(January 30th-February 2nd)
I went to Budapest, Hungary this past weekend with some other Rome Start girls. We booked our tickets the middle of last semester for really cheap, and we didn’t really know much about the city. Sometimes we book on impulse (motivated by cheap airfare) and in this case it worked out in our favor. People call Budapest the “Paris of the East” and I don’t know if it can be put on the same spectrum of Paris, but it’s equally amazing in it’s own ways. We flew in early Friday morning and spent the day wandering around trying local foods at the Great Market Hall, and soaking our feet in the rain filled streets. We found our way to the iconic Chain Bridge but at the fear of getting trench foot we decided to hide out in a little bakery for a while (maybe that’s a tad dramatic). The architecture in Budapest is enough to keep you enthralled as you wander the streets, and that was how I wanted to spend my time in Budapest; staring at the buildings and marveling at their structures including all the history that lies within the city. There were countless monuments, plaques and memorials associated with many of the main attractions where we were most often. When we branched out from the most popular areas, we found little streets filled with Hungarian people going about their every day life.
We didn’t completely fill our days with activities just so we could appreciate being in the city itself without rushing from museum to museum. Part of our long walk through the city led us to the Pest side of the Danube River. There is a memorial called the Shoes on the Danube Promenade and it is subtlety placed but certainly a powerful dedication to the lives lost in Budapest during WW2. There are 60 pairs of cast iron shoes from the time period that are attached to the stone; many of the shoes have objects like candles or flowers near them. I am fascinated by WW2 and it’s one of my favorite subjects to study in history, so to be in Europe and have these opportunities to see the places that I’ve learned about my whole life, has been a great chance to learn even more in the original setting of the tragic events.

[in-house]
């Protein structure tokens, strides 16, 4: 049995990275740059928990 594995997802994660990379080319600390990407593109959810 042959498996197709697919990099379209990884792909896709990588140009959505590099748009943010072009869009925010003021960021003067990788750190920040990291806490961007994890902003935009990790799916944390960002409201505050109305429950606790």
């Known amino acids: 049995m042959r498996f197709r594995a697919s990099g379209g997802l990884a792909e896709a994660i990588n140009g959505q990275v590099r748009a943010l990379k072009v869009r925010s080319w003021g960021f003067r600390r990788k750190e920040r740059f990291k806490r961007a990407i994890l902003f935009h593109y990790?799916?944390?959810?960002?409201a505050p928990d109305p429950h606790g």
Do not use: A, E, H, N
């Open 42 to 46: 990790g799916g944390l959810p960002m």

Castle Hill is also a very important area, and it was quite the trek up to the top with the stairs covered in a mixture of slush and snow but definitely worth the views. At the top we actually met a large group of students traveling from John Cabot University here in Rome, which was cool running into them all the way in Hungary. A large group of other JFRC students went to Budapest this weekend too, so we ended up seeing them in various places all over the city –another cool thing about traveling with a lot of people in several parts of Europe.
The thermal baths were incredible. We went to the main/most popular/largest ones, that were called the Széchenyi Baths. We lazily floated, swam and mostly sat, chatting in the warmth for hours. We arrived in the mid-afternoon so we were able to experience them both during the day and at night. When it did get dark, the lights came on and our hair turned frosty because of the added crispness to the air. We continued to sit and enjoy just like people have been doing for centuries. That evening we finished our trip with a wonderful Spanish meal at Pata Negra, in good proximity to our hostel. We shared tapas and toasted to a successful weekend in a new country!
PS: “Budapest” by George Ezra was played on repeat the entire weekend.